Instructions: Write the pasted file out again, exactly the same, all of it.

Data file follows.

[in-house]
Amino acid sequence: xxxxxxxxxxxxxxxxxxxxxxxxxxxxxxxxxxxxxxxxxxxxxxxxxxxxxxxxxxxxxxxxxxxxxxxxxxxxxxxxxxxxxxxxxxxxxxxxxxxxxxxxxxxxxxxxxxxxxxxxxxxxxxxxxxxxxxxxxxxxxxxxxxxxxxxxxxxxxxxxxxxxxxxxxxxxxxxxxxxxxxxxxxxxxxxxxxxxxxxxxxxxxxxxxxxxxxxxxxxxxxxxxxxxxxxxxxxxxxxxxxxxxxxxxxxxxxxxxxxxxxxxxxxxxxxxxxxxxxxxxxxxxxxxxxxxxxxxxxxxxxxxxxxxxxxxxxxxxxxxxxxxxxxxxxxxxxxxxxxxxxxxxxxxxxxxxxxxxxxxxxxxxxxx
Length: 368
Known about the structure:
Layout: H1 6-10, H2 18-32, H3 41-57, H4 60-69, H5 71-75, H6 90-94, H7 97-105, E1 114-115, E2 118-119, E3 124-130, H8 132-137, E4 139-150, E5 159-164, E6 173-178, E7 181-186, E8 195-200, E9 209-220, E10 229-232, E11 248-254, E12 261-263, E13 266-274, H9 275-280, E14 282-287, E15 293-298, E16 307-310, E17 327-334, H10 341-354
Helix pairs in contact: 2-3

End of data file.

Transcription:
[in-house]
Amino acid sequence: xxxxxxxxxxxxxxxxxxxxxxxxxxxxxxxxxxxxxxxxxxxxxxxxxxxxxxxxxxxxxxxxxxxxxxxxxxxxxxxxxxxxxxxxxxxxxxxxxxxxxxxxxxxxxxxxxxxxxxxxxxxxxxxxxxxxxxxxxxxxxxxxxxxxxxxxxxxxxxxxxxxxxxxxxxxxxxxxxxxxxxxxxxxxxxxxxxxxxxxxxxxxxxxxxxxxxxxxxxxxxxxxxxxxxxxxxxxxxxxxxxxxxxxxxxxxxxxxxxxxxxxxxxxxxxxxxxxxxxxxxxxxxxxxxxxxxxxxxxxxxxxxxxxxxxxxxxxxxxxxxxxxxxxxxxxxxxxxxxxxxxxxxxxxxxxxxxxxxxxxxxxxxxxx
Length: 368
Known about the structure:
Layout: H1 6-10, H2 18-32, H3 41-57, H4 60-69, H5 71-75, H6 90-94, H7 97-105, E1 114-115, E2 118-119, E3 124-130, H8 132-137, E4 139-150, E5 159-164, E6 173-178, E7 181-186, E8 195-200, E9 209-220, E10 229-232, E11 248-254, E12 261-263, E13 266-274, H9 275-280, E14 282-287, E15 293-298, E16 307-310, E17 327-334, H10 341-354
Helix pairs in contact: 2-3